How the Telrad works:
Here's a little drawing that shows how the Telrad works. It just shows the main parts:
The Telrad contains a screen with three backlit circles. Light emitted from that screen is mirrored to a lens which brings the circles into infinity focus, and then (partially) reflected into the observer's view by a glass plate. The observer's eyes are focused at infinity, looking at a distant object. The resulting image contains the both the object and the red circles.
The size of the circles on the screen and the lens' focal length are chosen to have circles with 0.5°, 2° and 4° diameter. The screen can be moved to hit the right focus point. When you look through a Telrad, you'll see something like this:
(That's a selfmade Telrad clone I made)
How that relates to star charts:
Star charts contain circles with 0.5°, 2° and 4° around interesting objects and around points that are easy to find (bright stars). Here's a sample:
The star chart/Telrad combo can be used to easily navigate through the night sky to find an object for observation.
What the explorad does:
The explorad replaces the Telrad's screen with an OLED display. Why an OLED?
At night, the eyes adapt to the darkness. This adaption is easily disturbed by bright light, especially with wavelengths which the eyes are sensitive to. The eyes are least sensitive to red light, and that's why the Telrad's circles are red. An OLED display has no backlight which could bleed unwanted wavelengths, and we can choose to display only red pixels. That way the eyes are least disturbed.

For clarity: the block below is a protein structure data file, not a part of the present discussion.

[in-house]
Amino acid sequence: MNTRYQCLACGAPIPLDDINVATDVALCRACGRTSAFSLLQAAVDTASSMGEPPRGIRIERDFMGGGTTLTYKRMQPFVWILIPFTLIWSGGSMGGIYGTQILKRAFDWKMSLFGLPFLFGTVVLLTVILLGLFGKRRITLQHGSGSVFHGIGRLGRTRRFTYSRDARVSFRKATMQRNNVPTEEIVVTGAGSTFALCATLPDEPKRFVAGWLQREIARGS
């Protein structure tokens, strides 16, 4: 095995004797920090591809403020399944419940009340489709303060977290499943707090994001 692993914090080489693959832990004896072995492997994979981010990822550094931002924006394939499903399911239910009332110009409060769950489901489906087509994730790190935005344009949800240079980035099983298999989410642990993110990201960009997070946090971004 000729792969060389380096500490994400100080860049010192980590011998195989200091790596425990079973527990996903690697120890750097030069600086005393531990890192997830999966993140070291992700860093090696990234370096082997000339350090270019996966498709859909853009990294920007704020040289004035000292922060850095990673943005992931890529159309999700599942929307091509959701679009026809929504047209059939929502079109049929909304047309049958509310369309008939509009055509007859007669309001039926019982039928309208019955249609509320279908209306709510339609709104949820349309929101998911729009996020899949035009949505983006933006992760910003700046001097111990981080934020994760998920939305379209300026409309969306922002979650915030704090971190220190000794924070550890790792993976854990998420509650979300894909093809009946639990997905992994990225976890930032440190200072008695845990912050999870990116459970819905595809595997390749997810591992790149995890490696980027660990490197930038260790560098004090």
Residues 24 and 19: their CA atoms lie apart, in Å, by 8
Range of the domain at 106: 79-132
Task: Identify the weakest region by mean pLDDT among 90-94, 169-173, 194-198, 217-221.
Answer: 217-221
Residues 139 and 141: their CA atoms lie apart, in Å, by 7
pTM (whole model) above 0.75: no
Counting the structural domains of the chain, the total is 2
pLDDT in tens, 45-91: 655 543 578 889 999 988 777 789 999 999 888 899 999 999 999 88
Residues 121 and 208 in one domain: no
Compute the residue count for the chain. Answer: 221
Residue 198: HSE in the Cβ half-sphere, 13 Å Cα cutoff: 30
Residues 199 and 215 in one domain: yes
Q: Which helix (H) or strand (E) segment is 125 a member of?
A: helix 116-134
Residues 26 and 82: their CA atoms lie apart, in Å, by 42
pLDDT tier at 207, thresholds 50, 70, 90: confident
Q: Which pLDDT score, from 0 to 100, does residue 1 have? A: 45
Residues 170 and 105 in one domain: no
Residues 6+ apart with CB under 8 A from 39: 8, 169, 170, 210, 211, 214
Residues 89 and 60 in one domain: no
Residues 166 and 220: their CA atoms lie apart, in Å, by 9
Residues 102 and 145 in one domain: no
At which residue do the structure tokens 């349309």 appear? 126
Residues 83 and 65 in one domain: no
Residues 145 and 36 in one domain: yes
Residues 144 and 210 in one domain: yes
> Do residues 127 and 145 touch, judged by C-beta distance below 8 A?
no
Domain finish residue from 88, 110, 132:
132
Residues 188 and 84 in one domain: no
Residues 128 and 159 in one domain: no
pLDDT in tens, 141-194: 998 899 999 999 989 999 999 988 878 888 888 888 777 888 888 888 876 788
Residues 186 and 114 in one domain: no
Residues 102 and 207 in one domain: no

If only circles are displayed, the explorad does the same thing as the Telrad.
What the explorad also does:
In addition to displaying the Telrad circles, the explorad can determine the telescope's viewing direction and use that information to do two main things:
- display how the telescope must moved to bring a target into the field of view
- display nearby objects on the screen which might be interesting to look at.
Determining the telescope's viewing direction is not too hard. A 3D accelerometer is used to measure the altitude (angle between the horizon and the telescope's viewing direction) and roll. I tried using a magnetometer for the azimuth, but that didn't work well - I got distorted readings caused by almost every object around the sensor. That's why I'm attaching an optical encoder to the telescope's base to measure the azimuth.
showing the current hardware, Telrad circles, Target tracking, and nearby objects display:
The display you see in the video will replace the Telrad's fixed 3-circle screen.
- Everything I write myself will be MIT license
- The teensyduino core has its own license included in many of the files, see https://github.com/PaulStoffregen/cores
- Adafruit CC3000 library: BSD
- The I²C library by nox: LGPL
- The TinyGPS library: LGPL
- The SdFat library (to be honest I'm not really sure if that's the one I'm using): GPLv3
If the SdFat library is used in the project, the whole project probably has to be published as GPLv3 (I guess).